The title of artist and writer Miriam Libicki‘s comic series
Jobnik!: An American Girl’s Adventures in the Israeli Army
made me wary at first. The first thing you think of when someone name-drops the Israeli army is, it’s going to be fiercely political and partisan. And when you think about political comics, you can be forgiven if the image your mind conjures up is pro-Palestinian protesters or boring Israeli propaganda.
Jobnik! is decidedly more personal. After an intensely candid prologue in which Miriam is diagnosed by a military psychologist — “Overly emotional, disconnected from reality, possessed of anxieties (especially social), unable to form interpersonal bonds, sexually conflictedâ€¦sure you haven’t considered suicide a little bit?” — she’s introduced to her new Hebrew-speaking coworkers and her new job: secretary to an overdemanding, office-supplies-stealing sergeant.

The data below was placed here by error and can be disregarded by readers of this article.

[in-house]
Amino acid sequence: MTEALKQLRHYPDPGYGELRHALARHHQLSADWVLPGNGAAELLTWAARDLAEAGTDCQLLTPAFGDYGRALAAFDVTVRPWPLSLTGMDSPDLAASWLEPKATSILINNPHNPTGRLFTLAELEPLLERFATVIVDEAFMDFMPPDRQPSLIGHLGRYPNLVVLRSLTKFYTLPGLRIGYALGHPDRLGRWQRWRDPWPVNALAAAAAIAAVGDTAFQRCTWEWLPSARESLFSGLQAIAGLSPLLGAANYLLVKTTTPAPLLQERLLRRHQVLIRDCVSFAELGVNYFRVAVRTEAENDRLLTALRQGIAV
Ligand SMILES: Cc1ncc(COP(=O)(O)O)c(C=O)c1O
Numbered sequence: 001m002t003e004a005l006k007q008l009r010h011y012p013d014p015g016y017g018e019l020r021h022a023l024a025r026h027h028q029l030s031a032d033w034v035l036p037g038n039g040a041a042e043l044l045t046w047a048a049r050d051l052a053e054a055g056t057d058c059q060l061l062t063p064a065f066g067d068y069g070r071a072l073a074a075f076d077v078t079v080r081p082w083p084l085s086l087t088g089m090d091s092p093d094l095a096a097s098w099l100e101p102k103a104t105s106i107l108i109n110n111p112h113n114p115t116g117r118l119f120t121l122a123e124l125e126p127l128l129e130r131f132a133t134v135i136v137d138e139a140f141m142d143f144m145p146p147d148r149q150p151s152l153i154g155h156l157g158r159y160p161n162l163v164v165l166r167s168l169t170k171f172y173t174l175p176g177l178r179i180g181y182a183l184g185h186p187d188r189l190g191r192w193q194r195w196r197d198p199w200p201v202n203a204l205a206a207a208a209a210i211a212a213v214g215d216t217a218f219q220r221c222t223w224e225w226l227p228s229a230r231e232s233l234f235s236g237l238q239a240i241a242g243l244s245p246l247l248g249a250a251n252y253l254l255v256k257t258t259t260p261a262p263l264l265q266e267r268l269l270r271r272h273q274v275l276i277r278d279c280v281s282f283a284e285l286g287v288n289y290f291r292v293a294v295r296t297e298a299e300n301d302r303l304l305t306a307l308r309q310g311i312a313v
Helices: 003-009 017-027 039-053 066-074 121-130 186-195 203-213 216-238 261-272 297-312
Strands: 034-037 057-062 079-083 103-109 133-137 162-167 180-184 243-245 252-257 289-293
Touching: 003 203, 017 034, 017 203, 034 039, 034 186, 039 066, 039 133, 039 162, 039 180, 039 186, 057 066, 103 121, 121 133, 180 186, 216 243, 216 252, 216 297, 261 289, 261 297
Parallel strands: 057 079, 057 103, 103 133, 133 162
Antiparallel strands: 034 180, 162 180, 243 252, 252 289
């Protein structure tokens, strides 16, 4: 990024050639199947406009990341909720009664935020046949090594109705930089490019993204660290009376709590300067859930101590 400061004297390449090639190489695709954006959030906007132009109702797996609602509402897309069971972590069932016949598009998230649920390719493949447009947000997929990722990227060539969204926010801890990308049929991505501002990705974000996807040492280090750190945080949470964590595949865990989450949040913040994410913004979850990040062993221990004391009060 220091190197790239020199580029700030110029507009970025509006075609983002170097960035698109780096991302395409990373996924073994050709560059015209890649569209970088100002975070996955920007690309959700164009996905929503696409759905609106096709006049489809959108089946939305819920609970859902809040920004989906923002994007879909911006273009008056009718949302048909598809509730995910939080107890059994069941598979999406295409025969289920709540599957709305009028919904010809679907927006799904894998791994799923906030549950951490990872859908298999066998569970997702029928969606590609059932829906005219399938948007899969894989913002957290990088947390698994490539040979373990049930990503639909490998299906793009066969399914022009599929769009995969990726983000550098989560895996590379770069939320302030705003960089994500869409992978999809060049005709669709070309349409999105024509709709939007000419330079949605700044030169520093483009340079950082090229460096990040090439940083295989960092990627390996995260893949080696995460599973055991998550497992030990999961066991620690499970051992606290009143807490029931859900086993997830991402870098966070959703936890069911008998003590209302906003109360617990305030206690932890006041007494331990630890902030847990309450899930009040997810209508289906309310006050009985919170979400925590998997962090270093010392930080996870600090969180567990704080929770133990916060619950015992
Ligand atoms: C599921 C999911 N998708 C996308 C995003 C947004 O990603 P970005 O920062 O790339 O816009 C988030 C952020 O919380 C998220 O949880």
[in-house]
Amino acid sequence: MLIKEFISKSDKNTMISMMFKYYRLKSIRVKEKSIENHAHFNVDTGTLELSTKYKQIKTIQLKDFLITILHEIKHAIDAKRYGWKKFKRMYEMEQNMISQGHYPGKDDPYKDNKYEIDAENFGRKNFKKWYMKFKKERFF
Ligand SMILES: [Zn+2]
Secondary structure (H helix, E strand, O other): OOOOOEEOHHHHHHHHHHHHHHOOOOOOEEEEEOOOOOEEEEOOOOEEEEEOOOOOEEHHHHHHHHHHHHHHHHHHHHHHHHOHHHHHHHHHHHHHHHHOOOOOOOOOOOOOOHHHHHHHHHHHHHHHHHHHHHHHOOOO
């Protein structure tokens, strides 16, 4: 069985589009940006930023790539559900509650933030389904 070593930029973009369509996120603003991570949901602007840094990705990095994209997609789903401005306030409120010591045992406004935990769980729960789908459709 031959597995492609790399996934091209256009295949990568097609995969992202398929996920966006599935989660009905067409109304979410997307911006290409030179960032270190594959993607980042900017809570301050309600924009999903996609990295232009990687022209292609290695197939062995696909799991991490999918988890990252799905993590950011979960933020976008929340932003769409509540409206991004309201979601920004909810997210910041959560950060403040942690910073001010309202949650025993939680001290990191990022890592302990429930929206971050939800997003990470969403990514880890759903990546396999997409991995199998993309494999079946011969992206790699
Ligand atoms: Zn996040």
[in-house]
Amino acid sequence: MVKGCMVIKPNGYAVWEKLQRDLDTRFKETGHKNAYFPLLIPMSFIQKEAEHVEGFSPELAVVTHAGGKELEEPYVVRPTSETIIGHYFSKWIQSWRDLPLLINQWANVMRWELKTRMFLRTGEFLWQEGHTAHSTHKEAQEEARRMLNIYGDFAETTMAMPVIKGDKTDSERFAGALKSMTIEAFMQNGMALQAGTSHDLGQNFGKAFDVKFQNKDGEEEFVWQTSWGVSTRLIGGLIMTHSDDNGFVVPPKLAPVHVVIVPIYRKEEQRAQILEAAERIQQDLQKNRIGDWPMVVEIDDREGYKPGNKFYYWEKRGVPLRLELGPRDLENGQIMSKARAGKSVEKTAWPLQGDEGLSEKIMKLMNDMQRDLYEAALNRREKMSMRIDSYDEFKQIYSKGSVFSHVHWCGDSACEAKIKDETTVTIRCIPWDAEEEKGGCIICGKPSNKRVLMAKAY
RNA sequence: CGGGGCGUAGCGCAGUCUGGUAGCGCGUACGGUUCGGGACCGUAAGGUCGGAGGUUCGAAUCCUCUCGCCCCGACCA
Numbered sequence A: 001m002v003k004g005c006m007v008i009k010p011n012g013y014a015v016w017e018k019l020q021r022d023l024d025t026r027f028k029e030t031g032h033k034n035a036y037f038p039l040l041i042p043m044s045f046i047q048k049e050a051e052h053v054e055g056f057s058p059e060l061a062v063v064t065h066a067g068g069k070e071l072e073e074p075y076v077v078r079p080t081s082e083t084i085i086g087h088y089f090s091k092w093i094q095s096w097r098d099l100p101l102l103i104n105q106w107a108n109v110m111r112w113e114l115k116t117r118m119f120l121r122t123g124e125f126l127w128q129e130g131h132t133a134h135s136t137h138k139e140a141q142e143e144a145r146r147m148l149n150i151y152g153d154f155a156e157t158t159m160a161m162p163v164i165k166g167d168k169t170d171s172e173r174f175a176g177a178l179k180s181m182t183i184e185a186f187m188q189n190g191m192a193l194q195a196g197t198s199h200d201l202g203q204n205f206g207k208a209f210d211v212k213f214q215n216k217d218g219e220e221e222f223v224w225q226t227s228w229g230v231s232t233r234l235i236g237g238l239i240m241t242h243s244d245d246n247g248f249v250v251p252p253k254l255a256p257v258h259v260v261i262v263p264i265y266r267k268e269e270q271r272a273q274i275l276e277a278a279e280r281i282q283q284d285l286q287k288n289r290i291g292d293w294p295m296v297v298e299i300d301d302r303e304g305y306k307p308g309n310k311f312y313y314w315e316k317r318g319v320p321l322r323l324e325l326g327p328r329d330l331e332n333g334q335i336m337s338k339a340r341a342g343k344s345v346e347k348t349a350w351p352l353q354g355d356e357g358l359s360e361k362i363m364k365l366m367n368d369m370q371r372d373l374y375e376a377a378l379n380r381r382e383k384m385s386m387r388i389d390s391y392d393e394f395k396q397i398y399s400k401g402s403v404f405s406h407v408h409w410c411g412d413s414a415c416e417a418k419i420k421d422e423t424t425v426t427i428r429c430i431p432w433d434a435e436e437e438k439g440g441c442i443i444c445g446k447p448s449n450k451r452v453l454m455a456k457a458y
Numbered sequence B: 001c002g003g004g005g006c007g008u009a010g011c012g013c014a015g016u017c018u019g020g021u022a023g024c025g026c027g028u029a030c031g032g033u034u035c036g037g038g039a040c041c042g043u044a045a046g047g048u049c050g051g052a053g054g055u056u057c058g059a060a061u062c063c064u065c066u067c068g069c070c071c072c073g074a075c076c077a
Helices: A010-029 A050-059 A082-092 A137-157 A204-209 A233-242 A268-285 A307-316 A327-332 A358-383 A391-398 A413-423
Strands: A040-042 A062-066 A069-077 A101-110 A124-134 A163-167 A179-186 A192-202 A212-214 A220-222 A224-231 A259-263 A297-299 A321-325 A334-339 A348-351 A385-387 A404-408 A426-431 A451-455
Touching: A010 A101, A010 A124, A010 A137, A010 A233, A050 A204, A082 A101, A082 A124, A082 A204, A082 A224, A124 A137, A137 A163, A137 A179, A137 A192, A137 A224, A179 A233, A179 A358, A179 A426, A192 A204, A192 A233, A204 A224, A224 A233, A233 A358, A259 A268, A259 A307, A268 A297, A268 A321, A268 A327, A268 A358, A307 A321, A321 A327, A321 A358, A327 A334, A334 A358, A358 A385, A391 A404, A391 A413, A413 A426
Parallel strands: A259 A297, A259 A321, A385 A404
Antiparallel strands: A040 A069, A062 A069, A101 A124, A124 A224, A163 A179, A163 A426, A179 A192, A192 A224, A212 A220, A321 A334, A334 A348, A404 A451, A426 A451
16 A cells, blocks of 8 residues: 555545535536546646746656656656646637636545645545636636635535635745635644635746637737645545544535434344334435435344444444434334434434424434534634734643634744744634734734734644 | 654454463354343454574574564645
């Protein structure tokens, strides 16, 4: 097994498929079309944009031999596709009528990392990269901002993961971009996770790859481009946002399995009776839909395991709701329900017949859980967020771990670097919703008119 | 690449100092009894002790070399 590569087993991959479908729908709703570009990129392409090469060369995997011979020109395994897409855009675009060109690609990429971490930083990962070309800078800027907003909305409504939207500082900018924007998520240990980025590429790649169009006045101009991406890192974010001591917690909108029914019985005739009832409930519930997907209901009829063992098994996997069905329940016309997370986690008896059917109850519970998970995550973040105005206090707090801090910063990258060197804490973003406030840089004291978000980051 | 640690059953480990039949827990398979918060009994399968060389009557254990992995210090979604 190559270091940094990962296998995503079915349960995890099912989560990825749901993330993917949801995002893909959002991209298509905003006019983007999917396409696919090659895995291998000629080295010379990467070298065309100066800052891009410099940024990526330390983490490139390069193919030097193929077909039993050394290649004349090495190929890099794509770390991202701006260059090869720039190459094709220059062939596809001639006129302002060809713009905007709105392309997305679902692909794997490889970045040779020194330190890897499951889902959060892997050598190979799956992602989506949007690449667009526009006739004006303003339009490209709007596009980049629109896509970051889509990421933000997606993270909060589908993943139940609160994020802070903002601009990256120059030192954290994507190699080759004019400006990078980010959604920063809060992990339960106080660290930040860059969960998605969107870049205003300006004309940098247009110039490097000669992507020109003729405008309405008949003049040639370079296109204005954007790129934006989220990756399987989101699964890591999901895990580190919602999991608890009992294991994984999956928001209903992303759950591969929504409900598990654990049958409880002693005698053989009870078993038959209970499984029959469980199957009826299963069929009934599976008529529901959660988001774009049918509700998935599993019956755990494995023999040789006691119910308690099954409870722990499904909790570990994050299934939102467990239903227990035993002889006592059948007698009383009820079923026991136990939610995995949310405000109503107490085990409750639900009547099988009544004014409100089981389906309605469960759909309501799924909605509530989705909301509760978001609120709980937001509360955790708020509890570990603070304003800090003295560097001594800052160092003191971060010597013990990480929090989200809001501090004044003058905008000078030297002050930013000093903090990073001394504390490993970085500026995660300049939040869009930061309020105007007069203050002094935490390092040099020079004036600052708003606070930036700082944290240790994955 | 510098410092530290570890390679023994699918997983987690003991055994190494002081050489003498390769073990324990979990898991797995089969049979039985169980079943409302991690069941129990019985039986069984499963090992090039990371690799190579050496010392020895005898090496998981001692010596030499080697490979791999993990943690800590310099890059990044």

That’s just the tip of the iceberg. The Israel that Miriam (the author) portrays and that Miriam (the character) stumbles through in this “sometimes autobiographical” series is a multi-layered one filled with sex and sexism, adventures and concerts and lonely soliloquies, all punctuated by lots and lots of bus rides. The Miriam of the story is a character in flux: torn between being religious and being secular, the social pressure to date and the desire to play the field — coupled with, of course, the fact of being on an army base in the middle of nowhere with a whole platoon of sexed-up twentysomethings in peak physical condition.
Libicki’s portrayal of the Israeli army includes a lot of what, in our American Western minds, we’d think of as matter-of-fact sexism. Her officers flirt with her. She embarks into hook-ups with other soldiers, relationships that aren’t relationships, dangerous flirtations, bizarre social schemes. Some scenes totally confound our sensibilities, like where the female soldiers discuss whether different uniforms make a character’s thighs look big. It’s a different world they’re living in.